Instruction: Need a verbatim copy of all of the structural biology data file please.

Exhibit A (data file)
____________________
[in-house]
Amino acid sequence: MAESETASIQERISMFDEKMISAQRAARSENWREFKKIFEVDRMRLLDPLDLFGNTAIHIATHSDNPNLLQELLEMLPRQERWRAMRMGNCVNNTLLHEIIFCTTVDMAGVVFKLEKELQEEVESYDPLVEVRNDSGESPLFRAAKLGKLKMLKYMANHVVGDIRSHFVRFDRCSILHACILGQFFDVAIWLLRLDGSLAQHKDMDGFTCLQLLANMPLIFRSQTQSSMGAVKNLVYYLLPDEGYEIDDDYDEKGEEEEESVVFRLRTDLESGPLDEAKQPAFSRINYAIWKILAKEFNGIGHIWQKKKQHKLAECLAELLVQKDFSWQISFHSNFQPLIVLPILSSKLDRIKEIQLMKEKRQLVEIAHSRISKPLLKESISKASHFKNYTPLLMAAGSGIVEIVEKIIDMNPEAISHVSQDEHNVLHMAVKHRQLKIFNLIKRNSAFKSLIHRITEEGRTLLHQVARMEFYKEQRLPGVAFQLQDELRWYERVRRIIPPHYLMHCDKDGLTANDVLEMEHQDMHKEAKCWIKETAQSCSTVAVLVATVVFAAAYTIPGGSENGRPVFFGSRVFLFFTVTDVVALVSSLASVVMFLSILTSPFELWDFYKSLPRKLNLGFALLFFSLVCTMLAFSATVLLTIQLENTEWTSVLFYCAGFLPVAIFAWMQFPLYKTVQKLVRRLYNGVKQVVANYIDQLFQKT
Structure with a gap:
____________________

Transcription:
[in-house]
Amino acid sequence: MAESETASIQERISMFDEKMISAQRAARSENWREFKKIFEVDRMRLLDPLDLFGNTAIHIATHSDNPNLLQELLEMLPRQERWRAMRMGNCVNNTLLHEIIFCTTVDMAGVVFKLEKELQEEVESYDPLVEVRNDSGESPLFRAAKLGKLKMLKYMANHVVGDIRSHFVRFDRCSILHACILGQFFDVAIWLLRLDGSLAQHKDMDGFTCLQLLANMPLIFRSQTQSSMGAVKNLVYYLLPDEGYEIDDDYDEKGEEEEESVVFRLRTDLESGPLDEAKQPAFSRINYAIWKILAKEFNGIGHIWQKKKQHKLAECLAELLVQKDFSWQISFHSNFQPLIVLPILSSKLDRIKEIQLMKEKRQLVEIAHSRISKPLLKESISKASHFKNYTPLLMAAGSGIVEIVEKIIDMNPEAISHVSQDEHNVLHMAVKHRQLKIFNLIKRNSAFKSLIHRITEEGRTLLHQVARMEFYKEQRLPGVAFQLQDELRWYERVRRIIPPHYLMHCDKDGLTANDVLEMEHQDMHKEAKCWIKETAQSCSTVAVLVATVVFAAAYTIPGGSENGRPVFFGSRVFLFFTVTDVVALVSSLASVVMFLSILTSPFELWDFYKSLPRKLNLGFALLFFSLVCTMLAFSATVLLTIQLENTEWTSVLFYCAGFLPVAIFAWMQFPLYKTVQKLVRRLYNGVKQVVANYIDQLFQKT
Structure with a gap: